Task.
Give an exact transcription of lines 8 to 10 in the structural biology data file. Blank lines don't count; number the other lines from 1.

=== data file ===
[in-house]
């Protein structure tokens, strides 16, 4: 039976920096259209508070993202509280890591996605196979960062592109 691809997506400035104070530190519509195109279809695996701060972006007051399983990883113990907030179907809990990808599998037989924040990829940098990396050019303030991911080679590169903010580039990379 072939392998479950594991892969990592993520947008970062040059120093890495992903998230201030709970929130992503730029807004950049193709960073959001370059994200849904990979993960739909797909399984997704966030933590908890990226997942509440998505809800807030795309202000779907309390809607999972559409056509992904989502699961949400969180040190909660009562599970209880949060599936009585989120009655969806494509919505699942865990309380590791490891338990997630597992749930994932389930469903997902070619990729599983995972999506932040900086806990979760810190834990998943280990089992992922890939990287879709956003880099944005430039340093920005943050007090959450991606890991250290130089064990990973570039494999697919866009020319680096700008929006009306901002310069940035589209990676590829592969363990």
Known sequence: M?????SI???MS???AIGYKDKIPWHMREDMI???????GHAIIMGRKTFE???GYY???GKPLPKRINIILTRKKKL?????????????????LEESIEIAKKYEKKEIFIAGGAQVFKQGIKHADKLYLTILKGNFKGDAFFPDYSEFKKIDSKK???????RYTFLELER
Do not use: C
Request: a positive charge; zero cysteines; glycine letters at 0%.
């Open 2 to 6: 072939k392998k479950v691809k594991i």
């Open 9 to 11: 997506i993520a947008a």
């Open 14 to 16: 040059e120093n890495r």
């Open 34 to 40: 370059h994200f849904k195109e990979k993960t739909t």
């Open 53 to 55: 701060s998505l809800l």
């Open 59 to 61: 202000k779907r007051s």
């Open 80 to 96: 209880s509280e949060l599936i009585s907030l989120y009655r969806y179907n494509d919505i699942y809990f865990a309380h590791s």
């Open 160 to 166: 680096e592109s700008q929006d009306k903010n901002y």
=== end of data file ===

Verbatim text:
């Open 14 to 16: 040059e120093n890495r």
């Open 34 to 40: 370059h994200f849904k195109e990979k993960t739909t």
């Open 53 to 55: 701060s998505l809800l």